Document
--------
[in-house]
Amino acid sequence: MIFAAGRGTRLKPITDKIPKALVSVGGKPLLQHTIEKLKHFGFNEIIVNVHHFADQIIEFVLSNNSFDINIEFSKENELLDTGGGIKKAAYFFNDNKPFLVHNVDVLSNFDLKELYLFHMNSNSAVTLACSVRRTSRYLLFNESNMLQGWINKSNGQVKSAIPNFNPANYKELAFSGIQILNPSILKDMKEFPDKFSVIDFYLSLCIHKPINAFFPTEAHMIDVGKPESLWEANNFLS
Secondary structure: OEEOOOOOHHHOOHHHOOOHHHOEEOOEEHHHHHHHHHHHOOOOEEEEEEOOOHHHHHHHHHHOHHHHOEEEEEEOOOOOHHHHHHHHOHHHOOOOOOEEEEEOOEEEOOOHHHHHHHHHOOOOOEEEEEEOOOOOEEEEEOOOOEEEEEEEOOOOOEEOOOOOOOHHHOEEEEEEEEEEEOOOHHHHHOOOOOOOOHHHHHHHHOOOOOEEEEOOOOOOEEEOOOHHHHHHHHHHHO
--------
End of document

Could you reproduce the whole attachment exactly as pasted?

[in-house]
Amino acid sequence: MIFAAGRGTRLKPITDKIPKALVSVGGKPLLQHTIEKLKHFGFNEIIVNVHHFADQIIEFVLSNNSFDINIEFSKENELLDTGGGIKKAAYFFNDNKPFLVHNVDVLSNFDLKELYLFHMNSNSAVTLACSVRRTSRYLLFNESNMLQGWINKSNGQVKSAIPNFNPANYKELAFSGIQILNPSILKDMKEFPDKFSVIDFYLSLCIHKPINAFFPTEAHMIDVGKPESLWEANNFLS
Secondary structure: OEEOOOOOHHHOOHHHOOOHHHOEEOOEEHHHHHHHHHHHOOOOEEEEEEOOOHHHHHHHHHHOHHHHOEEEEEEOOOOOHHHHHHHHOHHHOOOOOOEEEEEOOEEEOOOHHHHHHHHHOOOOOEEEEEEOOOOOEEEEEOOOOEEEEEEEOOOOOEEOOOOOOOHHHOEEEEEEEEEEEOOOHHHHHOOOOOOOOHHHHHHHHOOOOOEEEEOOOOOOEEEOOOHHHHHHHHHHHO